The German government said it rejected allegations of having violated press freedom after the detention of two Turkish journalists in Germany.
Germany summoned the Turkish ambassador on Tuesday.
Berlin told the envoy that it rejected Turkey’s allegations of having violated press freedom.
What was the Germany-Turkey row over press freedom about?
Last week, Ankara summoned Germany’s ambassador after claiming two Turkish reporters had been detained in Frankfurt.
The two reporters worked for the Frankfurt bureau of Turkish daily Sabah.
Germany’s Foreign Ministry said it informed Ankara’s envoy that “the German government firmly rejects the accusations of the Turkish government regarding freedom of speech and the press as well as the judiciary in Germany.”
A local German prosecutor denied that the journalists were under arrest. He confirmed that the pair had been charged with the “dangerous dissemination of personal data.”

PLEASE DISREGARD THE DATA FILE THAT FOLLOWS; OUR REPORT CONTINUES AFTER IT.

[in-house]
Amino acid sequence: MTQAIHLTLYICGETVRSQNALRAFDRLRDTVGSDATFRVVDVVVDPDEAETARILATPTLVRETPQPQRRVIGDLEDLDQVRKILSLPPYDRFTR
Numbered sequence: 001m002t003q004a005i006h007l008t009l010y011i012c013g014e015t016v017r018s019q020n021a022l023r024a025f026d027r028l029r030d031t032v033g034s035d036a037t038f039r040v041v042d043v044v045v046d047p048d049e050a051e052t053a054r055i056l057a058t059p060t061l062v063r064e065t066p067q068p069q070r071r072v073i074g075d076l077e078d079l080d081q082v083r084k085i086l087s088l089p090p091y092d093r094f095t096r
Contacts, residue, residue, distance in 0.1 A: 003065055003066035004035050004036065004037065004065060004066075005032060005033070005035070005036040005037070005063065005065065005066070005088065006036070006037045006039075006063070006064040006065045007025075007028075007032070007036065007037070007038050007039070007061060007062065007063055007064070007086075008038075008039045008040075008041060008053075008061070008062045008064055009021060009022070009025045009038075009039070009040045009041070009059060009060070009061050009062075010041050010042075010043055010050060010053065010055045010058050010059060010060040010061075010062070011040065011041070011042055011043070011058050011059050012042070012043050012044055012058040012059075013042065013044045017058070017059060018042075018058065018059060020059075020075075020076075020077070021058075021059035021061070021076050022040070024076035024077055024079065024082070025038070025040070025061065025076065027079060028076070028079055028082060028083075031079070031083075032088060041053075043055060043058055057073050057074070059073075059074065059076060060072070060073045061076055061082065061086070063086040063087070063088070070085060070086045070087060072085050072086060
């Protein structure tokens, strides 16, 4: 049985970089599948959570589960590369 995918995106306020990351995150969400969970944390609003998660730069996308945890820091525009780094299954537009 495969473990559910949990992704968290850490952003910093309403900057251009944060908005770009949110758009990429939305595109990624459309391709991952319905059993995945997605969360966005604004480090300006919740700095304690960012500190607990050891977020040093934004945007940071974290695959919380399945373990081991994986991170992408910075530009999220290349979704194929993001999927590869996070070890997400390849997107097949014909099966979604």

Turkey’s Foreign Ministry had denounced what it called the “harassment and intimidation” of the journalists, saying that it amounted to an “action against the free press.”
It said that the alleged arrests were a “deliberate act.”
Fahrettin Altun, who serves as President Recep Tayyip Erdogan’s media director, condemned what he called “Germany’s stance on silencing journalists” and expressed concern “about the repression of press freedom in this country.”
Turkey in election season
The controversy comes days after the first round of elections in Turkey. Erdogan came in first place in the first round, coming ahead of secular opposition leader Kemal Kilicdaroglu.
The two face each other in a runoff on Sunday.
The Turkish diaspora in Germany accounts for almost half of the more than three million overseas Turks that voted in the election. Erdogan received 65% of the vote in Germany.
Sabah belongs to the Turkuvaz Media Group, which has ties to Erdogan’s family.